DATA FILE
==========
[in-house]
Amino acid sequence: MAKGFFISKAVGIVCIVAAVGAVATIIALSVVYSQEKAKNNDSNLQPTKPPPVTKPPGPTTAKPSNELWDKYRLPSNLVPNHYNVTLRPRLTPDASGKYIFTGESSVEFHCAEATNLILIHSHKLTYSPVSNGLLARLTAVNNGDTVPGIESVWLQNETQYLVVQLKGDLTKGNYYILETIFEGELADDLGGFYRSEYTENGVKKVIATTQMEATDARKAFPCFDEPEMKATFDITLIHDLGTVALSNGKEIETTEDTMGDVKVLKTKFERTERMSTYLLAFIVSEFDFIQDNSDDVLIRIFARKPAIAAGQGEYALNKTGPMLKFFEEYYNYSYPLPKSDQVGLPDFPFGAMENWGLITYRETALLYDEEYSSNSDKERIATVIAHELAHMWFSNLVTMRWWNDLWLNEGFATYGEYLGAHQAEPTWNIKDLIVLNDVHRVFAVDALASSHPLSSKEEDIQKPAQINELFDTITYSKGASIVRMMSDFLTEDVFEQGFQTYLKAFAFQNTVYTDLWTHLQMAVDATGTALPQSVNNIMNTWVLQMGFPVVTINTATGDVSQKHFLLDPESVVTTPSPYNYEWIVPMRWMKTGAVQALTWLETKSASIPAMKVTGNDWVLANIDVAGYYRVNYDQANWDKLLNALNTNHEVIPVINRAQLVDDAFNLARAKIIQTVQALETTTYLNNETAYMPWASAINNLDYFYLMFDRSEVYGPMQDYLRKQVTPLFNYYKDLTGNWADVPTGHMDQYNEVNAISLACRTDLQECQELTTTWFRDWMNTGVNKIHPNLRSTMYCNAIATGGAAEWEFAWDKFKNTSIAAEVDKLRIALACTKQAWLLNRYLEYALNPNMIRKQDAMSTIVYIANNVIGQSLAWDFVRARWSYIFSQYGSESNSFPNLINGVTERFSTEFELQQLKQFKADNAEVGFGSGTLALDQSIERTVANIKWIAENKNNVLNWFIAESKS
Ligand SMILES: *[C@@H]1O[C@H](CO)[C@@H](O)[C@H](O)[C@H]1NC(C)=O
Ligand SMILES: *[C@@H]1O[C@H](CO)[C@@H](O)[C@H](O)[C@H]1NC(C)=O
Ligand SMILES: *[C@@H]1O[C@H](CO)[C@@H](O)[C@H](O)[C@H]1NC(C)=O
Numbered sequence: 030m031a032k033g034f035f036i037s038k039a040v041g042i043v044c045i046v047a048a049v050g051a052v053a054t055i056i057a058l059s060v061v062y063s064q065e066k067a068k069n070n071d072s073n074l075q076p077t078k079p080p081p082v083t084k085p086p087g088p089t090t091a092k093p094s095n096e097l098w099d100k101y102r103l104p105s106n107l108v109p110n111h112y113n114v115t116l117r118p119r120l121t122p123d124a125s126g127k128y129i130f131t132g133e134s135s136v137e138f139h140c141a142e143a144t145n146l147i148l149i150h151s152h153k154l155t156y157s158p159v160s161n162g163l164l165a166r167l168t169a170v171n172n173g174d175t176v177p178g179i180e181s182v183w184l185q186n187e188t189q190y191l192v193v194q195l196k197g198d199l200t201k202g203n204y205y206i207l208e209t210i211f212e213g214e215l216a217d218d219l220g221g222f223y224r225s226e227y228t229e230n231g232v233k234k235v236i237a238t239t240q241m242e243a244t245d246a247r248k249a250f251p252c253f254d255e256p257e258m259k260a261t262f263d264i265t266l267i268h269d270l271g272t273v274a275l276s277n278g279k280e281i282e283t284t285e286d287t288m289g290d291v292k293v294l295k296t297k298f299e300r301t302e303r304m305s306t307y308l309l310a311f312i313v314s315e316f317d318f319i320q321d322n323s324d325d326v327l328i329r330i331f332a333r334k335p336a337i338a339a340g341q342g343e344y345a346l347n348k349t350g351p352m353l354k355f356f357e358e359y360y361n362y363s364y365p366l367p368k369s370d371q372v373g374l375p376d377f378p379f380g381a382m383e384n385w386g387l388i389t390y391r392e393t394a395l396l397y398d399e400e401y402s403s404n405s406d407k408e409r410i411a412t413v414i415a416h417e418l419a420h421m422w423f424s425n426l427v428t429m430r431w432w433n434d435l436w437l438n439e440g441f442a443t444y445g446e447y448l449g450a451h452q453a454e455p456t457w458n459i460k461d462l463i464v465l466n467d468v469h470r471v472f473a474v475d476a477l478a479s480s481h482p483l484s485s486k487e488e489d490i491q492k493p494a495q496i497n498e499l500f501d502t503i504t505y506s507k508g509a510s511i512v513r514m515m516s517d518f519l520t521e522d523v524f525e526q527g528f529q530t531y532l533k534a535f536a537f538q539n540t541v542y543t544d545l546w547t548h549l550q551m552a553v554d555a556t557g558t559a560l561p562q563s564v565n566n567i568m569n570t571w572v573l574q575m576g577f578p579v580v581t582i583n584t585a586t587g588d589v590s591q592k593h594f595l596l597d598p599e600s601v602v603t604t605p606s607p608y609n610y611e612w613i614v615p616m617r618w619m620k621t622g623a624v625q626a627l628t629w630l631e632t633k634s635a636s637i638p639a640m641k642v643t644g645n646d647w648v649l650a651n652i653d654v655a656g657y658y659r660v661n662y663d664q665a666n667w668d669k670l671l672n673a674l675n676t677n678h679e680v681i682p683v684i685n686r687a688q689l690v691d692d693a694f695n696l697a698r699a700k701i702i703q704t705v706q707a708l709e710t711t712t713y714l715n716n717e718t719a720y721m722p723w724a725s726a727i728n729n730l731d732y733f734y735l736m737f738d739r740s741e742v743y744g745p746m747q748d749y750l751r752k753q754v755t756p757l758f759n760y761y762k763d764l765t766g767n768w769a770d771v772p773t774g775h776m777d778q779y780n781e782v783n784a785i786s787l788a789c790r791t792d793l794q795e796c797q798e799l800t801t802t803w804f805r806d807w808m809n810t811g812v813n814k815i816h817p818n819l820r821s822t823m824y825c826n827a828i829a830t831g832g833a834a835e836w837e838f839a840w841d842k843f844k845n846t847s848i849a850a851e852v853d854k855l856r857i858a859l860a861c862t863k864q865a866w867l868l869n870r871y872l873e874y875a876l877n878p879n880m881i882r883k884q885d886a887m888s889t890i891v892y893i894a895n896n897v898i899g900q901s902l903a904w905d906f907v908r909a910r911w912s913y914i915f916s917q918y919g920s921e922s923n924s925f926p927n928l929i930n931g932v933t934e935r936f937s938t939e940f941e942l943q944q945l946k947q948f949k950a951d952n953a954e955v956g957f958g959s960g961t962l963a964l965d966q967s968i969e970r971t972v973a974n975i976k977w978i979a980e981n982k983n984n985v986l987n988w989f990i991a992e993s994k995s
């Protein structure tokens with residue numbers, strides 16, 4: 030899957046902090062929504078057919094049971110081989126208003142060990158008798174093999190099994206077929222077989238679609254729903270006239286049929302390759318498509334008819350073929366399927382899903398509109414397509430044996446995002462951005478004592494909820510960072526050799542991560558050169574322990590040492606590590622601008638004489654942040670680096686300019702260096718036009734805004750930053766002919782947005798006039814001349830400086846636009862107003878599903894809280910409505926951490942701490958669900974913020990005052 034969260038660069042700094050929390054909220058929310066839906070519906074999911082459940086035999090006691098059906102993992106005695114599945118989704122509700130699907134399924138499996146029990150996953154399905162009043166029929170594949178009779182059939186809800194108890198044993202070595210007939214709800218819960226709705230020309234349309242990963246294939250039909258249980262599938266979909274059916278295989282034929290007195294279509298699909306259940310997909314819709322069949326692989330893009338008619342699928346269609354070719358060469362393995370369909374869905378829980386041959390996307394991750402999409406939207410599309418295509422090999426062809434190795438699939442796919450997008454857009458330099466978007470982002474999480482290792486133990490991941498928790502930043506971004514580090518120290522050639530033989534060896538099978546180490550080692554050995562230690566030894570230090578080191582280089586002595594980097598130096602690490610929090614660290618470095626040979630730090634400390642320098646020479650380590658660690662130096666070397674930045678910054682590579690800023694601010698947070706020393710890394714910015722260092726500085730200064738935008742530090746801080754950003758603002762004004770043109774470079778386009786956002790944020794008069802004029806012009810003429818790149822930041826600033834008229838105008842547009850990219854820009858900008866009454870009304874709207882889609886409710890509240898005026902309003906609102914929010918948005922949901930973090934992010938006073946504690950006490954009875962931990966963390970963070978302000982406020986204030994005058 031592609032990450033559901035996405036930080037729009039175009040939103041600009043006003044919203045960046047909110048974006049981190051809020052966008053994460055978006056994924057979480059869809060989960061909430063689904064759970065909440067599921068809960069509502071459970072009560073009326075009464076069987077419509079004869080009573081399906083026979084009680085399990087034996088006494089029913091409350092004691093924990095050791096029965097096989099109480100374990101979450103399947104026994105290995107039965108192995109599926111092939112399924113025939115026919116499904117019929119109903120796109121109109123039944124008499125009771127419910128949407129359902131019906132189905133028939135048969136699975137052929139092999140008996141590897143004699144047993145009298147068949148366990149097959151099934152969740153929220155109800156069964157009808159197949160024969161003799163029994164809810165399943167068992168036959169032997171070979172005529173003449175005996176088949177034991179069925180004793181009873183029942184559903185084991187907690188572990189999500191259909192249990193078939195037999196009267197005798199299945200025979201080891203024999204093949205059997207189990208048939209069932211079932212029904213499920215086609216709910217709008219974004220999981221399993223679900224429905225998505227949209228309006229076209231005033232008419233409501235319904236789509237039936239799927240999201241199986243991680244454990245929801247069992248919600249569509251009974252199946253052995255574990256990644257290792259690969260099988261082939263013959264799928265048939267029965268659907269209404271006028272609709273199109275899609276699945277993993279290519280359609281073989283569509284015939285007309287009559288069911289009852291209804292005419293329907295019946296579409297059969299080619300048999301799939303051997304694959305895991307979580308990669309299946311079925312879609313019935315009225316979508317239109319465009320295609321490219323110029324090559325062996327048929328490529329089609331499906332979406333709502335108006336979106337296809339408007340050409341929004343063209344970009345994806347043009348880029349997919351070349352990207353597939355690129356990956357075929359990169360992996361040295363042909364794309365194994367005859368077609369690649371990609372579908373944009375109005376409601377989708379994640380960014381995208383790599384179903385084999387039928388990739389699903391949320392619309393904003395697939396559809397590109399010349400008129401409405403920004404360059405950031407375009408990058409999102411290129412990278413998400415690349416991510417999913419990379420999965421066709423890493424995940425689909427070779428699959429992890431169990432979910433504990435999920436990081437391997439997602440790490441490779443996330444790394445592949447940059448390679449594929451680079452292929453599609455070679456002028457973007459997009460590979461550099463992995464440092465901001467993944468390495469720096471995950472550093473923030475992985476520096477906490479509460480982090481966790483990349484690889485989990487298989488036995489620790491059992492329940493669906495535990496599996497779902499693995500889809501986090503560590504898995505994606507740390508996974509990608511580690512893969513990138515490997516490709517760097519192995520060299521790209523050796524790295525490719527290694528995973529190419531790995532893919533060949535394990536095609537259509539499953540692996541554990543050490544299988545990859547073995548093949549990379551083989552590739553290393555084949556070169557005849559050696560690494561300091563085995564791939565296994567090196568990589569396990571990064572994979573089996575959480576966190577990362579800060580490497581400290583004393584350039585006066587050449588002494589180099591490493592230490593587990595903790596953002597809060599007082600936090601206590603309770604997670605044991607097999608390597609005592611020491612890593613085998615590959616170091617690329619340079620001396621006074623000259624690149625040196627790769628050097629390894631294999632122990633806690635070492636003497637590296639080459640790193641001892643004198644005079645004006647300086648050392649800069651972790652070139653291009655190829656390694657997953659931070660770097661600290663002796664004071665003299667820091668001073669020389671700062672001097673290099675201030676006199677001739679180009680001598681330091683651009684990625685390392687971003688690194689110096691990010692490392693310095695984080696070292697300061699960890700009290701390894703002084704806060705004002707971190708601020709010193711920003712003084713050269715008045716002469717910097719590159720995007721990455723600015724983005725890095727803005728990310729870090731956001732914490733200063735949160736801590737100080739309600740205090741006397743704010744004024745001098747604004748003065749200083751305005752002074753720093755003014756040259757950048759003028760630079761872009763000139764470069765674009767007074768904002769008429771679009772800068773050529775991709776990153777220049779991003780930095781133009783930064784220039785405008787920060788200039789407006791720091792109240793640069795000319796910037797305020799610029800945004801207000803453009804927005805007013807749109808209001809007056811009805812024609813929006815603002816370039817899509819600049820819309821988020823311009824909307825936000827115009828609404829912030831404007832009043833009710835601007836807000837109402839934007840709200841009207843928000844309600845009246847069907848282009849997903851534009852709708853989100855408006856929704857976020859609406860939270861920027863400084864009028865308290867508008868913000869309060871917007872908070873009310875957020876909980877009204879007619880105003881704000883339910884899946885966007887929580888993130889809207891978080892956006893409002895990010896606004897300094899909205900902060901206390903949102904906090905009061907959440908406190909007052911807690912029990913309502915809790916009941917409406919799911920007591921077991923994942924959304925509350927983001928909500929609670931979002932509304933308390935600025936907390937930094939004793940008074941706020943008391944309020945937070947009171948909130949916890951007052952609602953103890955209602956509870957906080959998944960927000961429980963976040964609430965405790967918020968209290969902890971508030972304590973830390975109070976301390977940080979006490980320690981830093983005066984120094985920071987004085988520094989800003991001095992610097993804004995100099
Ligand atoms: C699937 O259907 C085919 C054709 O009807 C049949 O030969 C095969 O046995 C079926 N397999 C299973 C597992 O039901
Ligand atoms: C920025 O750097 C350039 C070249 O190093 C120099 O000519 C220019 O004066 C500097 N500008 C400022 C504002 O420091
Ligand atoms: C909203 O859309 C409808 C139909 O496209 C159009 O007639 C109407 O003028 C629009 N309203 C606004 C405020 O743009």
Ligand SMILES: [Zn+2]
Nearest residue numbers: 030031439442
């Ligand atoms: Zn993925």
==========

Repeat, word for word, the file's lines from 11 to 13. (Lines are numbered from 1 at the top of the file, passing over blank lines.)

Ligand SMILES: [Zn+2]
Nearest residue numbers: 030031439442
């Ligand atoms: Zn993925």